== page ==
Infinite set

Concluding the discussion of sets, you need to consider an infinite set. The fact is that the concept of "infinity" acts on mathematicians, like a boa constrictor on a rabbit. A trembling horror of infinity deprives mathematicians of common sense. Here is an example:

Infinite set. Mathematics For Blondes.
Infinite set

Alpha denotes a real number. The equal sign in the above expressions indicates that if you add a number or infinity to infinity, nothing will change, the result will be the same infinity. If we take an infinite number of natural numbers as an example, then the considered examples can be represented in the following form:

The set of natural numbers. Mathematics For Blondes.
The set of natural numbers

To illustrate their point, mathematicians have come up with many different methods. Personally, I look at all these methods, as the dances of shamans with tambourines. In fact, they all boil down to the fact that either part of the rooms are not occupied and new guests are accommodated in them, or that some of the visitors are thrown out into the corridor to make room for guests (very humanly). I outlined my view on such decisions here in the form of a fantastic story about the Blonde. What is my reasoning based on? Relocating an infinite number of visitors requires an infinitely long time. After we vacated the first room for the guest, one of the visitors will always walk along the corridor from his room to the next one until the end of the century. Of course, the time factor can be stupidly ignored. It is mathematicians who are trying to manipulate hotel room numbers, convincing us that you can insert something that, in principle, cannot be inserted.

I will demonstrate the logic of my reasoning to you as an example of an infinite number of natural numbers. First you need to answer a very simple question: how many sets of natural numbers exist - one or many? The correct answer to this question does not exist, since we thought up the numbers ourselves; in Nature there are no numbers. Yes, Nature knows how to count, but for this she uses other mathematical tools that are not familiar to us. As Nature believes, I will tell you another time. Since we came up with numbers, we will decide how many sets of natural numbers exist. Consider both options, as befits a real scientist.

Option one. "Let us be given" one single set of natural numbers, which lies serenely on the shelf. We take this set from the shelf. Everything, there are no other natural numbers on the shelf and there is nowhere to take them. We cannot add one to this set, since we already have one. And if you really want to? No problem. We can take a unit from the set already taken by us and return it to the shelf. After that, we can take a unit from the shelf and add it to what we have left. As a result, we again get an infinite number of natural numbers. All our manipulations can be written like this:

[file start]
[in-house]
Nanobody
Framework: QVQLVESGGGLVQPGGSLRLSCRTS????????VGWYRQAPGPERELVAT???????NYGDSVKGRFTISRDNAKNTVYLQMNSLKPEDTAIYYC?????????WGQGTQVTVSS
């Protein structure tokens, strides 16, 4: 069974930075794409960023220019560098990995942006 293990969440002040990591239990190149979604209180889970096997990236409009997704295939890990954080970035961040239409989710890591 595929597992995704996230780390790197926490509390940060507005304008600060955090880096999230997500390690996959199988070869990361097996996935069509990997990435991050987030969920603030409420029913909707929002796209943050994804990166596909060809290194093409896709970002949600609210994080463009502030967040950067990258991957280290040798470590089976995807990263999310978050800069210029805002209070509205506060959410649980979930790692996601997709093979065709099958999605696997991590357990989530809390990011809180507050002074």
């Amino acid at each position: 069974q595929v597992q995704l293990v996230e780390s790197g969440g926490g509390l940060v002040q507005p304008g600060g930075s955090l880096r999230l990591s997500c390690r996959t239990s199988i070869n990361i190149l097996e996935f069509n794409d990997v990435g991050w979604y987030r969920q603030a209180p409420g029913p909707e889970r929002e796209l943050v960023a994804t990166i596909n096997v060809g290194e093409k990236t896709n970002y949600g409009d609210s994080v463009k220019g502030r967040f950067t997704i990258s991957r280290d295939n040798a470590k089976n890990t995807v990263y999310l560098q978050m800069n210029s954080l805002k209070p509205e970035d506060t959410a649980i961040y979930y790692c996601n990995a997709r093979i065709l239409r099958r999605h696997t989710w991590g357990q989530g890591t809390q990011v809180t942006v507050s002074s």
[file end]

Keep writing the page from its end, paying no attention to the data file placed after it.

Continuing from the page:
One set of natural numbers. Mathematics For Blondes.
One set of natural numbers

I wrote down the actions in the algebraic notation and in the notation adopted in set theory, with a detailed listing of the elements of the set. The subscript indicates that the set of positive integers is one and only. It turns out that the set of natural numbers will remain unchanged only if you subtract unit from it and add the same unit.

Option two. We have on the shelf many different infinite sets of natural numbers. I emphasize - DIFFERENT, despite the fact that they are practically indistinguishable. We take one of these sets. Then we take unit from another set of natural numbers and add to the set we have already taken. We can even add up two sets of natural numbers. Here's what we get:

Many sets of natural numbers. Mathematics For Blondes.
Many sets of natural numbers

The subscripts “one” and “two” indicate that these elements belonged to different sets. Yes, if you add one to an infinite set, the result will also be an infinite set, but it will not be the same as the original set. If we add another infinite set to one infinite set, the result is a new infinite set consisting of elements of the first two sets.

Set of natural numbers are used for counting in the same way as a ruler for measurements. Now imagine that you added one centimeter to a ruler. This will be a different a ruler, not equal to the original.

You can accept or not accept my reasoning - this is your personal matter. But if you ever run into mathematical problems, think about whether you are following the path of false reasoning, trodden by generations of mathematicians. After all, classes in mathematics, first of all, form a stable stereotype of thinking in us, and only then they add mental abilities to us (or vice versa, deprive us of free thinking).